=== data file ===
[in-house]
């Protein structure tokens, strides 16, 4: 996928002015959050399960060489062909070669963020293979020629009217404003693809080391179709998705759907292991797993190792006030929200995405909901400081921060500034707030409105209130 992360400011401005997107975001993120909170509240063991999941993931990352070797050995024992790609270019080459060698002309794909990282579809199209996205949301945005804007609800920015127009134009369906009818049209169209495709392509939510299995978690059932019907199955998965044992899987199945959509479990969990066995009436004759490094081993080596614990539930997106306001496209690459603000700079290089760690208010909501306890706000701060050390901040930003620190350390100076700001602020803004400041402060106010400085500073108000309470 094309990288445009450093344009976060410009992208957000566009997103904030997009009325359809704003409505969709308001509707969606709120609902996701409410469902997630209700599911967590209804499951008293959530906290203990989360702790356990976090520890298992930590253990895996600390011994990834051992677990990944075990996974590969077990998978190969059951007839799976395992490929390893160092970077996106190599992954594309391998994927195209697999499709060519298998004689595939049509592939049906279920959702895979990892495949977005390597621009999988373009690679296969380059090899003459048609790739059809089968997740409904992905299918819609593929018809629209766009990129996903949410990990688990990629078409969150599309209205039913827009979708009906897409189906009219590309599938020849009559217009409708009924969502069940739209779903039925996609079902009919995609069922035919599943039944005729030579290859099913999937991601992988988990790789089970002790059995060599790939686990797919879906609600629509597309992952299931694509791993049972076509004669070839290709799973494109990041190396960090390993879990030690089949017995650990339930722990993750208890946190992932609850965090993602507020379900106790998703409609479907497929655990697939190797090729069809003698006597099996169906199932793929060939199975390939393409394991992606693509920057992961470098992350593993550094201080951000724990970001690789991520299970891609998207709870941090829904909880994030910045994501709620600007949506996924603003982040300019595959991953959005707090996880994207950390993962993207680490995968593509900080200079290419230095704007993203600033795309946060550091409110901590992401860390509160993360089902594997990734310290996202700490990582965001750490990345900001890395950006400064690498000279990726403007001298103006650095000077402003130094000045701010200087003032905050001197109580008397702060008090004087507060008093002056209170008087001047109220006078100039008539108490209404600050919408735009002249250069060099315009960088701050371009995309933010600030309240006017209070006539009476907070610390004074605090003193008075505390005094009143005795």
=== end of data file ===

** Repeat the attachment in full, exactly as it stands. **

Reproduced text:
[in-house]
């Protein structure tokens, strides 16, 4: 996928002015959050399960060489062909070669963020293979020629009217404003693809080391179709998705759907292991797993190792006030929200995405909901400081921060500034707030409105209130 992360400011401005997107975001993120909170509240063991999941993931990352070797050995024992790609270019080459060698002309794909990282579809199209996205949301945005804007609800920015127009134009369906009818049209169209495709392509939510299995978690059932019907199955998965044992899987199945959509479990969990066995009436004759490094081993080596614990539930997106306001496209690459603000700079290089760690208010909501306890706000701060050390901040930003620190350390100076700001602020803004400041402060106010400085500073108000309470 094309990288445009450093344009976060410009992208957000566009997103904030997009009325359809704003409505969709308001509707969606709120609902996701409410469902997630209700599911967590209804499951008293959530906290203990989360702790356990976090520890298992930590253990895996600390011994990834051992677990990944075990996974590969077990998978190969059951007839799976395992490929390893160092970077996106190599992954594309391998994927195209697999499709060519298998004689595939049509592939049906279920959702895979990892495949977005390597621009999988373009690679296969380059090899003459048609790739059809089968997740409904992905299918819609593929018809629209766009990129996903949410990990688990990629078409969150599309209205039913827009979708009906897409189906009219590309599938020849009559217009409708009924969502069940739209779903039925996609079902009919995609069922035919599943039944005729030579290859099913999937991601992988988990790789089970002790059995060599790939686990797919879906609600629509597309992952299931694509791993049972076509004669070839290709799973494109990041190396960090390993879990030690089949017995650990339930722990993750208890946190992932609850965090993602507020379900106790998703409609479907497929655990697939190797090729069809003698006597099996169906199932793929060939199975390939393409394991992606693509920057992961470098992350593993550094201080951000724990970001690789991520299970891609998207709870941090829904909880994030910045994501709620600007949506996924603003982040300019595959991953959005707090996880994207950390993962993207680490995968593509900080200079290419230095704007993203600033795309946060550091409110901590992401860390509160993360089902594997990734310290996202700490990582965001750490990345900001890395950006400064690498000279990726403007001298103006650095000077402003130094000045701010200087003032905050001197109580008397702060008090004087507060008093002056209170008087001047109220006078100039008539108490209404600050919408735009002249250069060099315009960088701050371009995309933010600030309240006017209070006539009476907070610390004074605090003193008075505390005094009143005795």